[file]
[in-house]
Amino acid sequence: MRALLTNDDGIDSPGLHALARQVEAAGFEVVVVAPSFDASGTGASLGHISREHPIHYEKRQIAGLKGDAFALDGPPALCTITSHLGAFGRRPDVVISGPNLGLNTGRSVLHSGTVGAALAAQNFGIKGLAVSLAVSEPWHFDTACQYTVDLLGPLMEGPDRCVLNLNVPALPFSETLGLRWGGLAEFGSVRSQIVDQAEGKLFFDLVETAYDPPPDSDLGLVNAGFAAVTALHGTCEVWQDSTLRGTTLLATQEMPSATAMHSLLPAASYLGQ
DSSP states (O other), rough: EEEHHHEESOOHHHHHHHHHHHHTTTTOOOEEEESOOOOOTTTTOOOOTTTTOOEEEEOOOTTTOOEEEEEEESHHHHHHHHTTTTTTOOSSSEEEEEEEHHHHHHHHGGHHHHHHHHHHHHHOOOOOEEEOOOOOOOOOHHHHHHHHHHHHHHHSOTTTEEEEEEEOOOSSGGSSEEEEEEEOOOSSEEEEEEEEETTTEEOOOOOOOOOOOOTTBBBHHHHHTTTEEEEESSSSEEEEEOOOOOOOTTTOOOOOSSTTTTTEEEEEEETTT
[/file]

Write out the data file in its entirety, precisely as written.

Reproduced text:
[in-house]
Amino acid sequence: MRALLTNDDGIDSPGLHALARQVEAAGFEVVVVAPSFDASGTGASLGHISREHPIHYEKRQIAGLKGDAFALDGPPALCTITSHLGAFGRRPDVVISGPNLGLNTGRSVLHSGTVGAALAAQNFGIKGLAVSLAVSEPWHFDTACQYTVDLLGPLMEGPDRCVLNLNVPALPFSETLGLRWGGLAEFGSVRSQIVDQAEGKLFFDLVETAYDPPPDSDLGLVNAGFAAVTALHGTCEVWQDSTLRGTTLLATQEMPSATAMHSLLPAASYLGQ
DSSP states (O other), rough: EEEHHHEESOOHHHHHHHHHHHHTTTTOOOEEEESOOOOOTTTTOOOOTTTTOOEEEEOOOTTTOOEEEEEEESHHHHHHHHTTTTTTOOSSSEEEEEEEHHHHHHHHGGHHHHHHHHHHHHHOOOOOEEEOOOOOOOOOHHHHHHHHHHHHHHHSOTTTEEEEEEEOOOSSGGSSEEEEEEEOOOSSEEEEEEEEETTTEEOOOOOOOOOOOOTTBBBHHHHHTTTEEEEESSSSEEEEEOOOOOOOTTTOOOOOSSTTTTTEEEEEEETTT